Where's Bruce?

On a quest for the best

Nurse Betty
It's one of those archetypal stories we can't resist: A group of former apprentices, now grown to full manhood, band together to find their erstwhile mentor, thank him for his inspiration, and share their successes. In our own local adaptation, unfolding even as we speak, the former-students-on-a-quest include Steve Parris (Fulton Bar & Grill, 1835 Fulton Road), Pete Tsirambidis (Pete's Corner Grille, 4457 Broadview Road), Gary Thomas (Ohio City Pasta), and Paul Taylor (Cleveland Browns' Stadium), and together they are searching for former Pier W executive chef Bruce Malley, who motivated them all, in the early 1980s, to pursue their passion for food. Parris says the seekers have heard that Malley now owns a restaurant in Beaver Falls, outside Pittsburgh, and they have been trying to find a way to track him down. If anyone out there knows Malley's exact whereabouts, the group would love to hear from you. Contact Parris by e-mail at [email protected] if you can help.

Wining and dining . . . There still may be a spot or two available for next week's Wine Dinner at One Walnut (Walnut Avenue at East Ninth Street), Marlin Kaplan's urbane downtown dining room. The Monday, Sept. 11 event spotlights handcrafted wines from two top California growers, Monterey County's Robert Pecota Vineyard and Napa Valley's Robert Sinskey Vineyard. Among other delights, the seasonal six-course feast will pair Beluga caviar on toast points with Gruet Blanc Noir NV Sparkling Wine; lobster-and-corn chowder with 1998 Robert Sinskey Chardonnay; lamb shanks with 1996 Robert Sinskey Claret; and macerated fresh fruit, with shortbread and crème frâiche, with a 1998 Robert Pecota Moscato d'Andrea. Cost is an entirely reasonable $65 per person. The September event is the first in a series of wine dinners to be held at the fashionable restaurant; if you miss this one, the others are scheduled for October 9, November 13, and December 11. For reservations and more information, call 216-575-1111.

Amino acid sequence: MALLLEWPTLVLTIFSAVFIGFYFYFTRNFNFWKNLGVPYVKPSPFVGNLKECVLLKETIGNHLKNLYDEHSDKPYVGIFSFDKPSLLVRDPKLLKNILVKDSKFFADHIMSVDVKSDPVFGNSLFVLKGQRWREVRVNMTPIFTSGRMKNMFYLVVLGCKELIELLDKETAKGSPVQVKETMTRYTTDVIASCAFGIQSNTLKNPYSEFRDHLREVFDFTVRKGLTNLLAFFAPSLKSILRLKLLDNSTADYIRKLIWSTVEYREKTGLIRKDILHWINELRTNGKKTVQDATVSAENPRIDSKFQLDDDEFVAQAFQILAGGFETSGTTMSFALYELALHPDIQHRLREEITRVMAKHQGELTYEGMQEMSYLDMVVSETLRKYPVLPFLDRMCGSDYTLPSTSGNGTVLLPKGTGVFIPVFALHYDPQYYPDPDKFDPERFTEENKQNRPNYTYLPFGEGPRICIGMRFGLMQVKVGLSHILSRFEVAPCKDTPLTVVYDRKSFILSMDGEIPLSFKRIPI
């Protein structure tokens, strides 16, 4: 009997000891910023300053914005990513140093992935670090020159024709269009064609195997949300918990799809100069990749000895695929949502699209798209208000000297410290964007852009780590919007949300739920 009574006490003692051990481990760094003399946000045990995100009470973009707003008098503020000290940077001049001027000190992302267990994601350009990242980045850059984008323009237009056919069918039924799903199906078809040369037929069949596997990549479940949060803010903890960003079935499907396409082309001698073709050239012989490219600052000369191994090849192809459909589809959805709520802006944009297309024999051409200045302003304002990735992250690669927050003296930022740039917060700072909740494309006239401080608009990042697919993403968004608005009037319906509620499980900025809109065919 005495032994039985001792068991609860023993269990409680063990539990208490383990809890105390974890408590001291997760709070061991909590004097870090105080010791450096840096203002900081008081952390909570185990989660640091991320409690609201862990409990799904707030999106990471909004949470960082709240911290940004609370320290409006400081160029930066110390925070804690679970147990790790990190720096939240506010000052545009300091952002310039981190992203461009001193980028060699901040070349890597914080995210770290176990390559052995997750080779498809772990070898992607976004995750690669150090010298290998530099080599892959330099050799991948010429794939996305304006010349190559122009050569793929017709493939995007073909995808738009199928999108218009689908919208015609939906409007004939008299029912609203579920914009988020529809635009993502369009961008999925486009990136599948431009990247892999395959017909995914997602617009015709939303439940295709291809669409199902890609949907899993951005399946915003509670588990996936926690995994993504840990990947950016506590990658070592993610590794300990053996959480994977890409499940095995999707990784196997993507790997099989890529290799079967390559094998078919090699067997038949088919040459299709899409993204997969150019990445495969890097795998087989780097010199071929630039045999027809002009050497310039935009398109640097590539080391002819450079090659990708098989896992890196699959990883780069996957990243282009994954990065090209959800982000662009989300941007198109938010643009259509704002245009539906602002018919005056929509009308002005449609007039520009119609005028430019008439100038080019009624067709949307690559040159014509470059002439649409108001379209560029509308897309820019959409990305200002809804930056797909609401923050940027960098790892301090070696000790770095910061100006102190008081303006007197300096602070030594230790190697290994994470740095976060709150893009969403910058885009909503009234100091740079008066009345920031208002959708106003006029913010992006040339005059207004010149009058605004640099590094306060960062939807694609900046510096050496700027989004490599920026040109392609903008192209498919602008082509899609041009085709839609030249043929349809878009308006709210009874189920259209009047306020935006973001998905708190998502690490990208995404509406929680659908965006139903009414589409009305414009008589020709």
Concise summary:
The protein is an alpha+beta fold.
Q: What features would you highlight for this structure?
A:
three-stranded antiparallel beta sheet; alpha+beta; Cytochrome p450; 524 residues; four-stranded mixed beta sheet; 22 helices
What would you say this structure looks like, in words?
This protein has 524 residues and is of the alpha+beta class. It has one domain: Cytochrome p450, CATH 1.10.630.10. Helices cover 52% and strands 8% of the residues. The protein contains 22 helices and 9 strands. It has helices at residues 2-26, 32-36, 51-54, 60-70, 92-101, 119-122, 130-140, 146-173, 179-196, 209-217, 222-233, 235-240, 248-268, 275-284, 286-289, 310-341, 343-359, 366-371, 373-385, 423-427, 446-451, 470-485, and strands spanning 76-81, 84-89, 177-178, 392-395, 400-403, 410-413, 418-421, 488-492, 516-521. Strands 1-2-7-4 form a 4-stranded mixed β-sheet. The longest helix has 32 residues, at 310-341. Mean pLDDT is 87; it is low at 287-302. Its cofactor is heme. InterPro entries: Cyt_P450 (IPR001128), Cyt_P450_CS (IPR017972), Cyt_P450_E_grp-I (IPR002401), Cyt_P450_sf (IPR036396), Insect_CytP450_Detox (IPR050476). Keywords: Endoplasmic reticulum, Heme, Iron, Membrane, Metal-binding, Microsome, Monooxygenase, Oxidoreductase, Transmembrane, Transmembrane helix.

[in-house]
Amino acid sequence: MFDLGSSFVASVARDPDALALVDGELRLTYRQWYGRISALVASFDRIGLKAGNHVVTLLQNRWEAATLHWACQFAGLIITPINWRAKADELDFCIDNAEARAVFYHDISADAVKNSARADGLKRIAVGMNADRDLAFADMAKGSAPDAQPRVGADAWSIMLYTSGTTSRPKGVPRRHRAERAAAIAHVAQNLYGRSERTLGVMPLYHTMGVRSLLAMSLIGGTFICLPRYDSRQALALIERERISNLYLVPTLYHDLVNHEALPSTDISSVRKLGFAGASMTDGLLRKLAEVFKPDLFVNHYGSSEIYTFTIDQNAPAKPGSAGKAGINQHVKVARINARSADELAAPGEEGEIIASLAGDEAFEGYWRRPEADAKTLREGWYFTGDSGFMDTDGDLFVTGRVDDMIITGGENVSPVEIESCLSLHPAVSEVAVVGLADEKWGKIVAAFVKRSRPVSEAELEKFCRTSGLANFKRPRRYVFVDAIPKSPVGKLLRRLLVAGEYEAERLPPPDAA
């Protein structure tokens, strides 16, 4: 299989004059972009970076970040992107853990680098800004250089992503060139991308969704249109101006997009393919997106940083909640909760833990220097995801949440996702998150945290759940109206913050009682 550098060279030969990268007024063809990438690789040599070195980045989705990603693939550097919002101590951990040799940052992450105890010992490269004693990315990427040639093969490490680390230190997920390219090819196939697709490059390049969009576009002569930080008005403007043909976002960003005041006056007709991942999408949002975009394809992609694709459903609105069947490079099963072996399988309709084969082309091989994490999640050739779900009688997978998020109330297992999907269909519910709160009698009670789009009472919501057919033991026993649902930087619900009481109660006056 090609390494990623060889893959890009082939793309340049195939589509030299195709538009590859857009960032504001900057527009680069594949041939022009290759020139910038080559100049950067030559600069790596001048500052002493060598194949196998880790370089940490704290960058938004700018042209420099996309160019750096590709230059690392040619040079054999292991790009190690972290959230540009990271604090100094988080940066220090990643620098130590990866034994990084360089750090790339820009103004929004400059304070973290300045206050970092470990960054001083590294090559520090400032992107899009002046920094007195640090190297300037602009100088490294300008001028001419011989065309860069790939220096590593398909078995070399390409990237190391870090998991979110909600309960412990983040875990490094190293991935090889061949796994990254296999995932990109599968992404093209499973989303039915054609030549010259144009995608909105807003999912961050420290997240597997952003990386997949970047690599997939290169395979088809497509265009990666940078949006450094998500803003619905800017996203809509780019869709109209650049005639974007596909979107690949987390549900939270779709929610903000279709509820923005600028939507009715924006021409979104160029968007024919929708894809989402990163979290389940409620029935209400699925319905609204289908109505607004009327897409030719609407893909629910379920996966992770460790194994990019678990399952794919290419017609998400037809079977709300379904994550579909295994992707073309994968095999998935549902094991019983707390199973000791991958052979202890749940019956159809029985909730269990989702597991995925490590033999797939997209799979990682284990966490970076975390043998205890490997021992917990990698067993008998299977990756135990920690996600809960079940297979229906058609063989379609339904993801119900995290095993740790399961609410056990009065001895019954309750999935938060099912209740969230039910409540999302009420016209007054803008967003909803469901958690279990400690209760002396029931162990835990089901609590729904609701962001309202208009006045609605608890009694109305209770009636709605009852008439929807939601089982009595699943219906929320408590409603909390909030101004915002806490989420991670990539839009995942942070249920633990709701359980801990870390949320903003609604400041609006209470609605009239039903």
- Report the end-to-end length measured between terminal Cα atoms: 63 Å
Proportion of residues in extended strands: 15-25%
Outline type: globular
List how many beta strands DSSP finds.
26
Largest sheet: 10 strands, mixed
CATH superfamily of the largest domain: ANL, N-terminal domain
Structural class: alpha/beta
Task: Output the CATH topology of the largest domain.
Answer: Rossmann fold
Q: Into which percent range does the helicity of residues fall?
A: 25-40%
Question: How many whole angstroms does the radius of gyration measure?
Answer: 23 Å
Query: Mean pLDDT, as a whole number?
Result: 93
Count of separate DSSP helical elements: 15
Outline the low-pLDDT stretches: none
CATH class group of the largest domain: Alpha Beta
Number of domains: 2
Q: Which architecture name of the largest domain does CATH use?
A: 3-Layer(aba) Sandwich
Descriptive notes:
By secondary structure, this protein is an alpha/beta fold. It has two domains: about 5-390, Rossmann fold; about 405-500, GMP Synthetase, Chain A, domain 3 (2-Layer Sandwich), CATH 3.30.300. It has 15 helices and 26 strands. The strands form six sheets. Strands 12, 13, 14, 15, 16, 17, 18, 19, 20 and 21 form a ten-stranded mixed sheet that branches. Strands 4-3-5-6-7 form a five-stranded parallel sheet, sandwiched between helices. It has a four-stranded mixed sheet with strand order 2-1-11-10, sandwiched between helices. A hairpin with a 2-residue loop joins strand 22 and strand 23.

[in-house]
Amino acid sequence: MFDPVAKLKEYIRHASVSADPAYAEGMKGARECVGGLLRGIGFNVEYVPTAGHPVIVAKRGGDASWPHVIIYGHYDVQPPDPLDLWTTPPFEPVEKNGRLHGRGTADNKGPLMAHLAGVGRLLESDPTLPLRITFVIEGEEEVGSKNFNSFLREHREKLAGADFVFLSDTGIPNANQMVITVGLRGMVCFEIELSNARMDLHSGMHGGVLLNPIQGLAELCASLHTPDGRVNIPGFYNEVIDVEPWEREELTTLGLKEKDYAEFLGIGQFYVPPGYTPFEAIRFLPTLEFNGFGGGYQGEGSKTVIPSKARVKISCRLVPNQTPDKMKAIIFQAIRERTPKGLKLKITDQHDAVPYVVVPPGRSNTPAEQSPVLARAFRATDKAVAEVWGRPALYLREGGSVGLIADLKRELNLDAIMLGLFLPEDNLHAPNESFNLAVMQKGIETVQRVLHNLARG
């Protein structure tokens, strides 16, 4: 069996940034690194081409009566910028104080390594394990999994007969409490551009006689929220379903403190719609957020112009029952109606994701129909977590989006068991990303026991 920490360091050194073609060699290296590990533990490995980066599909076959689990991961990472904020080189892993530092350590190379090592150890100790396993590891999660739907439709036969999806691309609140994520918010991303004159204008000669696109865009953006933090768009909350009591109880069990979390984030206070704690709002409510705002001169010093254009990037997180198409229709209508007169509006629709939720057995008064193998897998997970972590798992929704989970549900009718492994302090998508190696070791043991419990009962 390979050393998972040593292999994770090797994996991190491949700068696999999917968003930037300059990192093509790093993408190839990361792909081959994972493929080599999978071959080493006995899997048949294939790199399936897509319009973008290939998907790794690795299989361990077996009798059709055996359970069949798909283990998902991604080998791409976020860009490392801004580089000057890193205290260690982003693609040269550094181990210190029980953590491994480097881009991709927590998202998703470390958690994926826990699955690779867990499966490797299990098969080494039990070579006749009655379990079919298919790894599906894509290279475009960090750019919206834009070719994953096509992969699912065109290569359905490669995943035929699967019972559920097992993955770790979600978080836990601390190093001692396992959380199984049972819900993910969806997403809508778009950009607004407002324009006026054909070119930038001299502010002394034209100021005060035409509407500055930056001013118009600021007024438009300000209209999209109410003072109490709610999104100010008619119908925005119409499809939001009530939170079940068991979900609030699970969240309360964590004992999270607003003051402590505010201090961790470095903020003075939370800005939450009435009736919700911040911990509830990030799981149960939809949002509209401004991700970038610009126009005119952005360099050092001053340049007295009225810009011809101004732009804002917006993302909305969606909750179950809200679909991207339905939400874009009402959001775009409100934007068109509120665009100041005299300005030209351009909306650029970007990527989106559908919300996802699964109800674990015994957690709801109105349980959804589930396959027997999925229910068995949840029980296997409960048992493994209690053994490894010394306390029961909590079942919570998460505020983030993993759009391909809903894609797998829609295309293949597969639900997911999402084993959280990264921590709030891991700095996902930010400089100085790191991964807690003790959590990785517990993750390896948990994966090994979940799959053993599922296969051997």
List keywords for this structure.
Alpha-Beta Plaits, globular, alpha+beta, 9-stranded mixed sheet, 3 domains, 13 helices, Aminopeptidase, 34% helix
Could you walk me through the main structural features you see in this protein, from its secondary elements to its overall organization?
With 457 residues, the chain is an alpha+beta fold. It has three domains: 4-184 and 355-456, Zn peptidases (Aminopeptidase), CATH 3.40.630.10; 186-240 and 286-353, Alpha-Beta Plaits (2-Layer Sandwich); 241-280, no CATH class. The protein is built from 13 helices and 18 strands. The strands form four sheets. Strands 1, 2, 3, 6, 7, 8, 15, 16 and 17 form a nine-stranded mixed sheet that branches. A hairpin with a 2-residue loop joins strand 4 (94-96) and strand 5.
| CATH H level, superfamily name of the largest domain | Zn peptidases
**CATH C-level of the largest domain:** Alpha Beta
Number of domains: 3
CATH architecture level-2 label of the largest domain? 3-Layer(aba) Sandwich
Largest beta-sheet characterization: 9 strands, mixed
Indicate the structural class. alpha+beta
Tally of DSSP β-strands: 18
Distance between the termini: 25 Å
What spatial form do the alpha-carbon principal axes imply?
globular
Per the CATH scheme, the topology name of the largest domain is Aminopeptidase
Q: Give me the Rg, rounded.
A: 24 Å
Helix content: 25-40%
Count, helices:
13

Destination Ciao . . .The talented staff at downtown's Ciao -- exec chef Michael Fadel, sous chef Nick De Cocco, pastry chef Michael Jacobs, and GM Tim Maguire -- have grown restive, after several years of serving mostly as an amenity for Playhouse Square theatergoers, and have decided to challenge some of the city's big dogs for Cleveland's "destination dining" dollars. To that end, Fadel's new fall menu -- debuting a little later this month -- is the former Italian eatery's most ambitious and contemporary one yet. Earthy yet sophisticated items like zesty Smoked Chicken, Oyster Mushroom, and Root Vegetable Crepes, in a rich tasso cream sauce; grilled rare yellowfin tuna on sweet and russet potato planks, with hot-and-sour cabbage and a floret of pickled ginger; and Veal Roulade, stuffed with wild mushroom duxelle and Manchego cheese, with a caramelized-onion demi-glace, absolutely burst with flavor. As for sweeties, pastry chef Jacobs whips up a killer pecan pie, as well as a fresh-peach-and-challah "French toast" with a maple-rum sauce and vanilla gelato that is simply delish. Ciao (1515 Euclid Avenue, 216-621-8777) is open for lunch and dinner; reservations are a good idea.

They really like you . . . Linden Tavern (19865 Detroit Road, Rocky River; 440-333-1609) marks its 11th anniversary all this week by turning prices back to 1989 levels. There's still time to enjoy $6.99 prime rib tonight; $2.99 peel-and-eat shrimp (Friday); 99-cent domestic beer (Saturday); and 49-cent pierogi (Sunday) at the Eglinski family's friendly little West Side tavern.

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